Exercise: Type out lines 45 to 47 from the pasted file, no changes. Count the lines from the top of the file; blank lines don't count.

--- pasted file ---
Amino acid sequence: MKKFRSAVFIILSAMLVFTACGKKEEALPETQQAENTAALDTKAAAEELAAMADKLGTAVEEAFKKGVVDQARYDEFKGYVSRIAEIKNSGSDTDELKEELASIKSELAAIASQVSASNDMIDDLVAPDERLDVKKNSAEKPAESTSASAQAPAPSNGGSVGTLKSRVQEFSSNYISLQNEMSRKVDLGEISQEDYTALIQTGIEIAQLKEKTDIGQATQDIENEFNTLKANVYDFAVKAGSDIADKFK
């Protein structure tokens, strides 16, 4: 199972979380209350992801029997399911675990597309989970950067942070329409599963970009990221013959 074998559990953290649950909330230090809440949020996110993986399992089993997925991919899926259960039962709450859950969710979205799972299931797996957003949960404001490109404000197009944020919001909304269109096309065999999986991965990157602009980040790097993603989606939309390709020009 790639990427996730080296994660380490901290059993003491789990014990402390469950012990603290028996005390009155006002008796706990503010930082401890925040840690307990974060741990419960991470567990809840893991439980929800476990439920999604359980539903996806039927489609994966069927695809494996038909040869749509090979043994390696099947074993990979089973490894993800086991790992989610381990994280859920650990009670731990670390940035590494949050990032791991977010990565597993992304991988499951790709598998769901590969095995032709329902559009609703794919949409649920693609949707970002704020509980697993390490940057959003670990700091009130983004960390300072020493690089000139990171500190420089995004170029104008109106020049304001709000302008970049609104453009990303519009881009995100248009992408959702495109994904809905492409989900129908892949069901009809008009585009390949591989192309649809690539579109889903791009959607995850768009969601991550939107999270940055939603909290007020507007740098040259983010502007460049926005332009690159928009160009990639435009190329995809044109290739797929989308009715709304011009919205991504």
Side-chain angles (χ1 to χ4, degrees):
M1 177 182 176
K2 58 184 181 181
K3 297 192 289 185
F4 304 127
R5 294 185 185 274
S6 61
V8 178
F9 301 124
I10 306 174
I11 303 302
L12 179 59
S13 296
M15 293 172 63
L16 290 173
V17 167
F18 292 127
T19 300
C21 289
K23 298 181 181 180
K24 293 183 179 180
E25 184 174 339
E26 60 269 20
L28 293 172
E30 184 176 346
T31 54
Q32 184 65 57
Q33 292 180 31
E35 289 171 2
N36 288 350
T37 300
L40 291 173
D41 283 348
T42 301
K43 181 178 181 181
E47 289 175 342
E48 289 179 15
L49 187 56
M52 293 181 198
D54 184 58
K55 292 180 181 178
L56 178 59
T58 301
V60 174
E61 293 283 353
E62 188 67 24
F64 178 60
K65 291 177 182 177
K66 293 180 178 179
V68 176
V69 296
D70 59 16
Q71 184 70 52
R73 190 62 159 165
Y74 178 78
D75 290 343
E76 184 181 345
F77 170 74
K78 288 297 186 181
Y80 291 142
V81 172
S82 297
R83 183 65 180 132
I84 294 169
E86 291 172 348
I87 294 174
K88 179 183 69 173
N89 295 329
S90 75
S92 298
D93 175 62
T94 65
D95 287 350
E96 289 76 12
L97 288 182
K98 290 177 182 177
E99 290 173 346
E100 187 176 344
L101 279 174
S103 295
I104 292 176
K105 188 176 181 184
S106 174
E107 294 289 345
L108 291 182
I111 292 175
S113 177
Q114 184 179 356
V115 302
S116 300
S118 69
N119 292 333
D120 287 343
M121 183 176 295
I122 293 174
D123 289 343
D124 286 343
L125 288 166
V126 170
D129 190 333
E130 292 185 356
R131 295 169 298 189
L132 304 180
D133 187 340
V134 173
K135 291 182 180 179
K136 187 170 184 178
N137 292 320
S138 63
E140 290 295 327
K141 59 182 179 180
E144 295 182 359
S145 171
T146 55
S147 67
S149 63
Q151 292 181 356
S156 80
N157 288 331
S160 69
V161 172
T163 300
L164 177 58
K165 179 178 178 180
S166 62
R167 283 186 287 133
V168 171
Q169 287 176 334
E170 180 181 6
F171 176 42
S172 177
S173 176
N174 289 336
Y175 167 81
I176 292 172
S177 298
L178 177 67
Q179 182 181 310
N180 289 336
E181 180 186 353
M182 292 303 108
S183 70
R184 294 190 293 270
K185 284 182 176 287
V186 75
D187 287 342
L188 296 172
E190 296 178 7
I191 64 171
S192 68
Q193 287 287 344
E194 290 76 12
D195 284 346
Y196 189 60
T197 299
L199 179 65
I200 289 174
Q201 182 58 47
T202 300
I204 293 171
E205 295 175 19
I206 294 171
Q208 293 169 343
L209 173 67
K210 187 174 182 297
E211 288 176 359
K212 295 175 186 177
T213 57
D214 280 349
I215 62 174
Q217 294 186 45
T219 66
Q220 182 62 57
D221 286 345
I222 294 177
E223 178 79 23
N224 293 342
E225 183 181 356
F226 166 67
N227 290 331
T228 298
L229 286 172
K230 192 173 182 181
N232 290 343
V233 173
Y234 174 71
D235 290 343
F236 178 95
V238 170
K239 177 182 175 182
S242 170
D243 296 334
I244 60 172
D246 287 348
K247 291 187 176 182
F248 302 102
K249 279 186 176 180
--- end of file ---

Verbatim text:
T58 301
V60 174
E61 293 283 353